Peninsula Village in Umina has introduced computer consoles to stimulate residents with games and quizzes.
They are based on “play therapy” for people who are ageing or experience dementia, alzheimer’s disease, depression or lack of intellectual stimulus, according to Village chief executive Mr Shane Neaves.
“We had extensive consultation session with our employees to weigh up whether this device would be beneficial for our residents.
“The overwhelming response was that it would really add to our existing lifestyle activities,” he said.
“It’s slightly larger than a standard computer and is quite easy for our residents to use as it is a touch screen,” he said.
Mr Neaves said the games included those that involved short and long-term memory skills, those that required a level of thought to work out the answer and those that stimulated intellect, motor skills, memory and old-fashioned playtime.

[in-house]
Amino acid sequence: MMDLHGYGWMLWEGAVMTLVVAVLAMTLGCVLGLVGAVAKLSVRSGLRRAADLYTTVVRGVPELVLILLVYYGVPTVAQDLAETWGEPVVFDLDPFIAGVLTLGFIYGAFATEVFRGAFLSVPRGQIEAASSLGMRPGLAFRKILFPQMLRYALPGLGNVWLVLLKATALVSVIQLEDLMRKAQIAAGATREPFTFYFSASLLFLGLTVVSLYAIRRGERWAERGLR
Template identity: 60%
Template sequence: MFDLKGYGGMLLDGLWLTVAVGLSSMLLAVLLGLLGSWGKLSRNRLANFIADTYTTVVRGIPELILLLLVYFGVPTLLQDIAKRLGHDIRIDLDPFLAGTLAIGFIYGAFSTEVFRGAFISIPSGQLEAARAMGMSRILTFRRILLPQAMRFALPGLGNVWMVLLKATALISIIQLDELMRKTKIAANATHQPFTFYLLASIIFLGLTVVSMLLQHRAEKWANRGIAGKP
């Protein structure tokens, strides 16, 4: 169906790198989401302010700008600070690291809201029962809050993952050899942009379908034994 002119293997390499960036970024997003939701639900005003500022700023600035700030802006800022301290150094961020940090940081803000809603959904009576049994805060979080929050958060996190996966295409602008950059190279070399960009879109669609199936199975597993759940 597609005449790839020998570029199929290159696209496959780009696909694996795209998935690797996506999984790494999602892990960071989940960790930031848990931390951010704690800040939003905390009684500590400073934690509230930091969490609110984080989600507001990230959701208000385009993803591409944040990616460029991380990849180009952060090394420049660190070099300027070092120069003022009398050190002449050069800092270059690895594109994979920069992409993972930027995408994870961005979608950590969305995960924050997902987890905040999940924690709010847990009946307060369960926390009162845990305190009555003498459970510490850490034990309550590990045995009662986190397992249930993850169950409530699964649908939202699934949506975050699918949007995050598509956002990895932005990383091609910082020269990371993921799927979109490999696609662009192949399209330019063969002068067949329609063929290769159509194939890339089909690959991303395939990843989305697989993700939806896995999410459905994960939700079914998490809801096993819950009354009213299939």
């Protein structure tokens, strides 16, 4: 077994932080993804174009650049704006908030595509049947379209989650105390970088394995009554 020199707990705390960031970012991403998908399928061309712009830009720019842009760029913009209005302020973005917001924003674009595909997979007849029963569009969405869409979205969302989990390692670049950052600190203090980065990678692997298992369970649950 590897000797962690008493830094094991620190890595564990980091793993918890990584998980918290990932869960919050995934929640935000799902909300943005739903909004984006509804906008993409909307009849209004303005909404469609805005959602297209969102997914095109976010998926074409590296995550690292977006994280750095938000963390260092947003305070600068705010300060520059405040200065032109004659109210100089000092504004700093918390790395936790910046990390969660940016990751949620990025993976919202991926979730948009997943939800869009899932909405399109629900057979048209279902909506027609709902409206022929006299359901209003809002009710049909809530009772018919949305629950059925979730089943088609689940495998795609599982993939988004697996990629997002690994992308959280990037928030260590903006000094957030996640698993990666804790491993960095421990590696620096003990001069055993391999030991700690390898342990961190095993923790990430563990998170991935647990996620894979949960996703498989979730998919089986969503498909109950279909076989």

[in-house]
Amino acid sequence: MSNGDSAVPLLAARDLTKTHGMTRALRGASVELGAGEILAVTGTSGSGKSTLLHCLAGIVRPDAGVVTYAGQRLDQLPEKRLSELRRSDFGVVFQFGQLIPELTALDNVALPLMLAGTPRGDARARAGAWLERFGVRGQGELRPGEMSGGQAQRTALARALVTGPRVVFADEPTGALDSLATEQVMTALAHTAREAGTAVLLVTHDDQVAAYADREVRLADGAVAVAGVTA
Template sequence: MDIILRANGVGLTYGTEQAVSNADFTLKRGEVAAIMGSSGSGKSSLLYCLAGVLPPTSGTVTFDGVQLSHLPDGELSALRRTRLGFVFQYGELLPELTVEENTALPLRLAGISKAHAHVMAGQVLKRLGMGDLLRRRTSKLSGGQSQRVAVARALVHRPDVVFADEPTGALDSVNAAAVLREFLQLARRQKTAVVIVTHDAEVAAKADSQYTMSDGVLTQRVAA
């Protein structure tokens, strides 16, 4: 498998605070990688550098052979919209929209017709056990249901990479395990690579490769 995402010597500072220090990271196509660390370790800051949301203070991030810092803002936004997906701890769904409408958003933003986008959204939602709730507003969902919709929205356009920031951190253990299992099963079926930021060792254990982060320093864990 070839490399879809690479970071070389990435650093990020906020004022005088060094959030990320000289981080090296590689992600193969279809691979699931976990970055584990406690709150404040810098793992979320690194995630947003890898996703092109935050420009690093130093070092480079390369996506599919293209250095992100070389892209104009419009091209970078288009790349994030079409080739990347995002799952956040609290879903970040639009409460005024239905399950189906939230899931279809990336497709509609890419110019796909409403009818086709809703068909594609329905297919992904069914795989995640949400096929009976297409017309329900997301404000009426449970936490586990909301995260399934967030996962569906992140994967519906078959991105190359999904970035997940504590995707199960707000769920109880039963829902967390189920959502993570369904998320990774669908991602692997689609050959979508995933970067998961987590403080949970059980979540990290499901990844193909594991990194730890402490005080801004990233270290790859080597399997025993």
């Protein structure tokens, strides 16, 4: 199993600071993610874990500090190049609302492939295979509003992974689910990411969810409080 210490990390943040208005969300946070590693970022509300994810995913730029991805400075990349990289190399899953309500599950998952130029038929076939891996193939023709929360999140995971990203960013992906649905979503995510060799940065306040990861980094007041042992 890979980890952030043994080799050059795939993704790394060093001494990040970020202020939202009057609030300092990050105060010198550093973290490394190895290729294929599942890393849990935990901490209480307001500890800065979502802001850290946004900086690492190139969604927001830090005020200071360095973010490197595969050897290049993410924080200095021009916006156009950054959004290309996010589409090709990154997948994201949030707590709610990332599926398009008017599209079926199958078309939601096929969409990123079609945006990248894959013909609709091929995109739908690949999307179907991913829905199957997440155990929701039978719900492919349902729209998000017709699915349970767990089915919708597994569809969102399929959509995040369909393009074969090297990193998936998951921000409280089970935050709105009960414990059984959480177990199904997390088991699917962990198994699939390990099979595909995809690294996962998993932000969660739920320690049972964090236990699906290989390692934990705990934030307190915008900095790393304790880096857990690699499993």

“The technology is designed to encourage social integration as well and we’re seeing many of our residents enjoying the games together and our lifestyle team members are using it in our main hall linked to the TV for group activities.”
Originally created in the Netherlands, the console is sold as BrainTrainerPlus.
Its purchase came from contributions of $3500 from the Everglades Country Club and $1000 from Woy Woy Leagues Club under the Club Grants scheme.
“We’ve already noticed that the BrainTrainer is helping residents reminisce, talk about the good old days and gives them a sense of accomplishment,” said Mr Neaves.
“They feel rewarded when using it and it is stimulating interaction and competition amongst friends.”
Media release, 4 Mar 2020
Katey Small, Brilliant Logic